Confession: I love 1950s/1960s kitsch. I do. I’m not really talking about classy, Mad Men-style glamorous here. I’m talking like crazy atomic barkcloth, wacked-out color schemes, and toadstools as a decorating motif. I know, right when some of you thought I had decent taste. Hear me out.
The good news for our apartment is, I don’t really want it in the living room, bathroom, or my bedroom. I have no intention of living in a time capsule, despite our inclusion of vintage furniture and otherwise retro stuff. I respect people who go balls to the walls mid-mod, and I feel like I could be friends with a modern-day rockabilly, but a modern mix is more what I suppose we’re after.
Except in the kitchen. God, 50s kitchens are cool. Those ladies were organized, they had cute stuff, and between sneaked sips of the cooking sherry, they really seemed to have their shit together. They did weird things with eggs and they could ice a cake with their eyes closed. I want to get in on that. Between you and me, I’m pretty excited for Eva to move in and thoroughly creep her out with exciting casseroles, the leftovers from which I’ll then “refresh” into different exciting casseroles on subsequent evenings. We’re going to have a blast.
Our undeniably 1980s kitchen is sort of primed for the retro treatment, too. Which is a good thing because 95% of the stuff in it came from the incredible Regina, Saskatchewan thrift stores. And I’m exceedingly proud of my kitchen stuff. Once, I saw the matching tumblers to my ice bucket holding scotch for Don Draper on Mad Men and I almost peed myself.
Back to our kitchen. Almost everything is some shade of washed-out pink. The countertops are pink faux-marble formica, the cabinets are a vaguely pink laminate, and the floor is 12″ square pink and grey faux-marble ceramic tile. Sometimes I wish it was pinker. Like, come on kitchen. Commit. Go big or go home. Like this lass:
Like I said, the kitchen is totally 80s and a little ugly. I think trying to force any sense of cool, beautiful modern in there would just be sort of lost on it. So even though the bones we have to work with aren’t quite so amazing as that picture, I’m not sure I can stop myself from incorporating a few lessons of 50s kitchen design in the hopes that the kitchen accepts them gracefully.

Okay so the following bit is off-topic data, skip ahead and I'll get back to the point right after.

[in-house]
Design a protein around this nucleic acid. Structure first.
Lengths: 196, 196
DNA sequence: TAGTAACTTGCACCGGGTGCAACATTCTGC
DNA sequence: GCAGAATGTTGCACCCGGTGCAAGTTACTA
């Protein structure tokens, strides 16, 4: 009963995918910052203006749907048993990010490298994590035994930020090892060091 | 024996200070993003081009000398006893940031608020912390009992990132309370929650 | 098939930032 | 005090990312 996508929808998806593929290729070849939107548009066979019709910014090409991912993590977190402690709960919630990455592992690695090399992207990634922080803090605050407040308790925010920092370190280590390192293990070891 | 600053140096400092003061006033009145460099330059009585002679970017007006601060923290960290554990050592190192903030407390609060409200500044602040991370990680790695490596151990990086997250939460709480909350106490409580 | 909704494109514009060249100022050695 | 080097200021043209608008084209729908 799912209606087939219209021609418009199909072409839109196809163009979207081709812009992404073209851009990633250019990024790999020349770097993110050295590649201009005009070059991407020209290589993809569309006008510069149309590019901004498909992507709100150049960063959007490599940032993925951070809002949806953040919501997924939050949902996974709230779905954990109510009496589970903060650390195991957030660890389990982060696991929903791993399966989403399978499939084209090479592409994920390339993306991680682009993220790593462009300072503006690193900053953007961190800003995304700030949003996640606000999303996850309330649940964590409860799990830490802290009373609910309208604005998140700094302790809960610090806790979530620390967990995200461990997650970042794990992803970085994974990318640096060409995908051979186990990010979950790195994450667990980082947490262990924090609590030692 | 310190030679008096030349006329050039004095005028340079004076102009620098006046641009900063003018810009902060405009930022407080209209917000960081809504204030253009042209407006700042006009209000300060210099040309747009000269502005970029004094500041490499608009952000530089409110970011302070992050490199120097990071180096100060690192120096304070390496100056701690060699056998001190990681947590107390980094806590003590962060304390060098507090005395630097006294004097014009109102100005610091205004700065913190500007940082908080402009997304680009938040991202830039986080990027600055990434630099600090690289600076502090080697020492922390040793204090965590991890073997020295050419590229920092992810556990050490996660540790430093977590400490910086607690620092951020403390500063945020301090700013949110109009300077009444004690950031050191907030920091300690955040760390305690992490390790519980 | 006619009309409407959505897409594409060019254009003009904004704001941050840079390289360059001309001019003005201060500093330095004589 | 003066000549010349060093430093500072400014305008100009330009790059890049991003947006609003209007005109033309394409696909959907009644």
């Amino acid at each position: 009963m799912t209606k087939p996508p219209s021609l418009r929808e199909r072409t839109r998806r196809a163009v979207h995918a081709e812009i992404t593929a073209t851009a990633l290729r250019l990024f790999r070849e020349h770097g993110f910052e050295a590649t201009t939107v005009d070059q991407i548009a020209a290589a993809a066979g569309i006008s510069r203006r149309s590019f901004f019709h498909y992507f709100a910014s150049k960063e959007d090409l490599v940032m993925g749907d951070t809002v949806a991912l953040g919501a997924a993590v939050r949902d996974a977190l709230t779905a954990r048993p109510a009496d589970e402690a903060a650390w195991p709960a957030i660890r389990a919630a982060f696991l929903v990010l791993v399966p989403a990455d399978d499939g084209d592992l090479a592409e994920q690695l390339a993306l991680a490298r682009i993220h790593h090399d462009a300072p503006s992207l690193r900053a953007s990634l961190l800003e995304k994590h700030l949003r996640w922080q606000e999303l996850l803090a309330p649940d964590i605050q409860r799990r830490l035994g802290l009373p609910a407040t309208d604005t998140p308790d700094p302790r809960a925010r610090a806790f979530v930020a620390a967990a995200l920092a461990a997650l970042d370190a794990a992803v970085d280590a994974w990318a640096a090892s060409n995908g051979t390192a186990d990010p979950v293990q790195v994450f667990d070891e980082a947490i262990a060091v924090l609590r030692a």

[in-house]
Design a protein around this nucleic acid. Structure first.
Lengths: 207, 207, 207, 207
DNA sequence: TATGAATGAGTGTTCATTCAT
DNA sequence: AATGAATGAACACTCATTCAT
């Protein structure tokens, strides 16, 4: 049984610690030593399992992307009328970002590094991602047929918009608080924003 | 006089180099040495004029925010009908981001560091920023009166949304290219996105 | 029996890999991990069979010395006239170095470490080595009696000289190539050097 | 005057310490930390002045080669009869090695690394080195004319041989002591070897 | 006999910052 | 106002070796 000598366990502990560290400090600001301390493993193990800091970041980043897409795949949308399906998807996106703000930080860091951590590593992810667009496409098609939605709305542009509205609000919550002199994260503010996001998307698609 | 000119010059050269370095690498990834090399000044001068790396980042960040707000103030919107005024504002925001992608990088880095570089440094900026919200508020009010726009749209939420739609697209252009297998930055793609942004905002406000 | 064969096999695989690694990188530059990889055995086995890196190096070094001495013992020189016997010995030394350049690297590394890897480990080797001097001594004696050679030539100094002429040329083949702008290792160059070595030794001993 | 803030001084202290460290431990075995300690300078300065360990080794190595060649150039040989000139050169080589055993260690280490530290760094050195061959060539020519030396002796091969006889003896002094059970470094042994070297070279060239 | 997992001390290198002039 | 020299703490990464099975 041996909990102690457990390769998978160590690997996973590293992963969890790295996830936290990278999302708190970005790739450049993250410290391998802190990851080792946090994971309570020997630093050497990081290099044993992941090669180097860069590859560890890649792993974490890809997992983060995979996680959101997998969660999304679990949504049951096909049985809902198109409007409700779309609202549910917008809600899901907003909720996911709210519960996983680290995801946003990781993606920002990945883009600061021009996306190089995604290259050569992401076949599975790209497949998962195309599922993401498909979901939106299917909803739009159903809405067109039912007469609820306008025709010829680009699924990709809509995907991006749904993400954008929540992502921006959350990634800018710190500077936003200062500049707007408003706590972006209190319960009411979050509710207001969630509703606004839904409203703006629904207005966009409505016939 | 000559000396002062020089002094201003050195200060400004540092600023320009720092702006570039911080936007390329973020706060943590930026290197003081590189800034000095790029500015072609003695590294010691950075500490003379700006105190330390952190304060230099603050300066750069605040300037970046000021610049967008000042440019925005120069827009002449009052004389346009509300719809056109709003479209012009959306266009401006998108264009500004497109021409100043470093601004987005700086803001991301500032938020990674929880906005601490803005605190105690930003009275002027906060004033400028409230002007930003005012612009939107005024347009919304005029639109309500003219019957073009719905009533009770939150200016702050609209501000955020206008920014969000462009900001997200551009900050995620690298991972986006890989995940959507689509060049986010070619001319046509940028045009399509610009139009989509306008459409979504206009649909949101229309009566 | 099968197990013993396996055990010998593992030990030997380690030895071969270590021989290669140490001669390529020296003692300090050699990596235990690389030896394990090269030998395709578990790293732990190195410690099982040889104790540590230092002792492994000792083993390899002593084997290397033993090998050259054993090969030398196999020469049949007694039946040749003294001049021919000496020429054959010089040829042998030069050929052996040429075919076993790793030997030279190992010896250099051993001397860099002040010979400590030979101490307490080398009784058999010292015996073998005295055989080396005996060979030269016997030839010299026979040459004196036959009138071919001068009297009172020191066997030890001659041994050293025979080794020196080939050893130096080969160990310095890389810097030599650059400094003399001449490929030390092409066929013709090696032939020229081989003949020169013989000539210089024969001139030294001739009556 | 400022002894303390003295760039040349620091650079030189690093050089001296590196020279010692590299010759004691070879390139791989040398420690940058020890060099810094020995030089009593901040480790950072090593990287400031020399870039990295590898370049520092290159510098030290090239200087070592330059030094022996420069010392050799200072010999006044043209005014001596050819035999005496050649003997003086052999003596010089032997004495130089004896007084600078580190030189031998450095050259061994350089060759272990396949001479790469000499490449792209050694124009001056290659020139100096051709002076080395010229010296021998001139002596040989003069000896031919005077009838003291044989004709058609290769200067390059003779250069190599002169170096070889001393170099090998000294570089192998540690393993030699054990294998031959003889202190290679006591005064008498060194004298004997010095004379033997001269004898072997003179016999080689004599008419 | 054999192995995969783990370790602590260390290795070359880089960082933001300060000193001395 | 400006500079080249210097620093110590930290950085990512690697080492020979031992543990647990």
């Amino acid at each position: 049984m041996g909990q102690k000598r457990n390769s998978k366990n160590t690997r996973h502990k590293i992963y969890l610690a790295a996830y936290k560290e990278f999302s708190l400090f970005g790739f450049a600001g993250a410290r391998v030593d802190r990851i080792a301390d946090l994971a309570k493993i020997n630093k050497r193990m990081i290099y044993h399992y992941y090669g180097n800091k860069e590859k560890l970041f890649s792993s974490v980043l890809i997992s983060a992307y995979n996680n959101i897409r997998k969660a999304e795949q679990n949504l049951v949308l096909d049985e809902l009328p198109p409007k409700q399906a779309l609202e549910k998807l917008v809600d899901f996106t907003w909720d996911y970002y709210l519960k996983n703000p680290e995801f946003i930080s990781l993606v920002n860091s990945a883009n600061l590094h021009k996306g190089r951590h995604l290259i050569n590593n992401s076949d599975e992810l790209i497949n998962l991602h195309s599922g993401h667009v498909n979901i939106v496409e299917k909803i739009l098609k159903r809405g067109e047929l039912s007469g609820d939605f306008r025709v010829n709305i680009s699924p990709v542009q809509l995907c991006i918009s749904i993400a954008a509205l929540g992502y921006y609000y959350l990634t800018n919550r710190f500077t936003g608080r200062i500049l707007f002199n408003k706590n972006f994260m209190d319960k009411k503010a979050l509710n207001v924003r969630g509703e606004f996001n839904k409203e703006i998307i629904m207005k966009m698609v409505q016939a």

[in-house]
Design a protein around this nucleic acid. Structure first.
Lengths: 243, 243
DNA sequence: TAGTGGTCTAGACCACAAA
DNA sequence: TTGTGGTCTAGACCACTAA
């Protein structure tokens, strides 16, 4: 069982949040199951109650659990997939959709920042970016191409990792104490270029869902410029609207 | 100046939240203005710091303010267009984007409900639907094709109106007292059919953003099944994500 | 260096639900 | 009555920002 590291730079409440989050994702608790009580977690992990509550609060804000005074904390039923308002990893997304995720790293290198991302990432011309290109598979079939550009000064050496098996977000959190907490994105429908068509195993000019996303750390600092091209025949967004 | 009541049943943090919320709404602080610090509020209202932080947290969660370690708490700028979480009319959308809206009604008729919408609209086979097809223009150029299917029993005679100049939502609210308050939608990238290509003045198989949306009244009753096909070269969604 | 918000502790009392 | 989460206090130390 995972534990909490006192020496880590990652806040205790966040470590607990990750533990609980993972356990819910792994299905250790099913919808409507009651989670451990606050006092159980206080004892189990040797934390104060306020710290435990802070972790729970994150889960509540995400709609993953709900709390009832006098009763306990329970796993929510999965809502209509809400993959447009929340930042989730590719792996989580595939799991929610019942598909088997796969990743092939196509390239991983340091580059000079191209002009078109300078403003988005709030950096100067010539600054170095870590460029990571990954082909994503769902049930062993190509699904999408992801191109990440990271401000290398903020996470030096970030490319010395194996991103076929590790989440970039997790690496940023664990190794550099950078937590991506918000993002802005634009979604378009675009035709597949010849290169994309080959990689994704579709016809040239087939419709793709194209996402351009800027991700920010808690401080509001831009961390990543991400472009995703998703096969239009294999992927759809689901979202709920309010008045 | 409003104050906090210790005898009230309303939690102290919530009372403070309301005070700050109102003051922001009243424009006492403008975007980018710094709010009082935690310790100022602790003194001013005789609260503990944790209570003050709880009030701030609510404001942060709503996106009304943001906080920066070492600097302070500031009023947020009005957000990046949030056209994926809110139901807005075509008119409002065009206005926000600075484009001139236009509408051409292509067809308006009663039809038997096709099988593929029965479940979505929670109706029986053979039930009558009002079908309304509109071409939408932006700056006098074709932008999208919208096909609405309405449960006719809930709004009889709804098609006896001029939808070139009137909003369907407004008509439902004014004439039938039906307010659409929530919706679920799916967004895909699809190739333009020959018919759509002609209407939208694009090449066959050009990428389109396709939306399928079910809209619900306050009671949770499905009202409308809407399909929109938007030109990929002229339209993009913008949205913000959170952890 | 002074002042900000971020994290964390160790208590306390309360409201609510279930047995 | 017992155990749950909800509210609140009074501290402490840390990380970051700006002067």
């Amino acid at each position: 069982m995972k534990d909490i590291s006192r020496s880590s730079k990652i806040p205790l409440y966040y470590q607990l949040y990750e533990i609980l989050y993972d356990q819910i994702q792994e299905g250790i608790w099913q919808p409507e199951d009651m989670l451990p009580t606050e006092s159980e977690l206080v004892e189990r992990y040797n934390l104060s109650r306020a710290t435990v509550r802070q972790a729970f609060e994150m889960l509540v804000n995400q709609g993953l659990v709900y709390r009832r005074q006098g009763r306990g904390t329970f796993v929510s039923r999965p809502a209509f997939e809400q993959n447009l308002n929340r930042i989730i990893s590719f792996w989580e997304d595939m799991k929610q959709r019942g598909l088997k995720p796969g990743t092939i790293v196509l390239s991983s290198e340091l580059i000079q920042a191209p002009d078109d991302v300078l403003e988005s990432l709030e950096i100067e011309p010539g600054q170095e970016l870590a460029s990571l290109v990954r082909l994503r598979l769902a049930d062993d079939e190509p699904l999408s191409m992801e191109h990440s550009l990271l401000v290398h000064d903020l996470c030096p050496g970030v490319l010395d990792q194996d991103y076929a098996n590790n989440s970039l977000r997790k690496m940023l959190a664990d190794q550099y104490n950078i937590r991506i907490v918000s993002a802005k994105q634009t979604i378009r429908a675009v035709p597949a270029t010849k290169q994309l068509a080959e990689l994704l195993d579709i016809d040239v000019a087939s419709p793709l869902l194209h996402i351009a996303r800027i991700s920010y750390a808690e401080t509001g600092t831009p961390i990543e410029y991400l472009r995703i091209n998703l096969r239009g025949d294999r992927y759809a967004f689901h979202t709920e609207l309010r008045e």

For instance, check out the avocado green paper holder I stuck to the tile wall with industrial-strength velcro! I love it, and it makes my shameful paper towel use oh-so stylish. It also holds tin foil and parchment paper. In a perfect world, this would be built into the wall like my grandmother’s or Louis Armstrong’s.
Moving around the room, we find this strange little built-in next to the stove. For about a month I had no clue what to do with it and then I had the most tremendous epiphany. It’s perfectly sized for the tacky tins that hold my baking ingredients!
Please ignore that hideous mound of grout where the pipe goes through the floor. Something must be done about that. But it’s kind of like the shelves were just made for those tins, right?
In a display of very questionable decision-making, I also affixed these ceramic toadstools next to the fridge. You can’t see them when you walk in the door, so it’s kind of like a special surprise when you actually walk into the kitchen instead of just through it and into the living room. They may or may not stick around. I think I’m going to replace the beige switch plates with cheap aluminum ones, only in the kitchen though. It’ll cost like three dollars and I’ve convinced myself it’s the right thing to do. Speaking of things I’d like to change are these really boring knobs. I’m thinking some shiny polished chrome would really liven up the place.
Okay, enough with the crazy. As I mentioned, one of the things I admire about vintage kitchens are the organizational tactics. But when vintage isn’t coming through for you, sometimes you have to go to IKEA.
I’m pretty please about this little organizational innovation. The Rationell baking sheet holder is supposed to be hung on the interior sides of the cabinet, but this seemed like a better space-saving solution.
And I’m completely smitten with my Rationell Variera spice racks. They’ve been bookmarked on my computer since Anna installed them at Door Sixteen a year and a half ago. Yes, these are the things I dream about. And now they’re mine!
Anna has far cuter handwriting than I do, so I bought some little round labels from the Paper Source and used their handy Word template to print these out.
So that’s where things stand. The kitchen needs a lot of work. There’s nothing on the windows and it hasn’t seen a lick of paint. I’m thinking about a color. One that isn’t pink.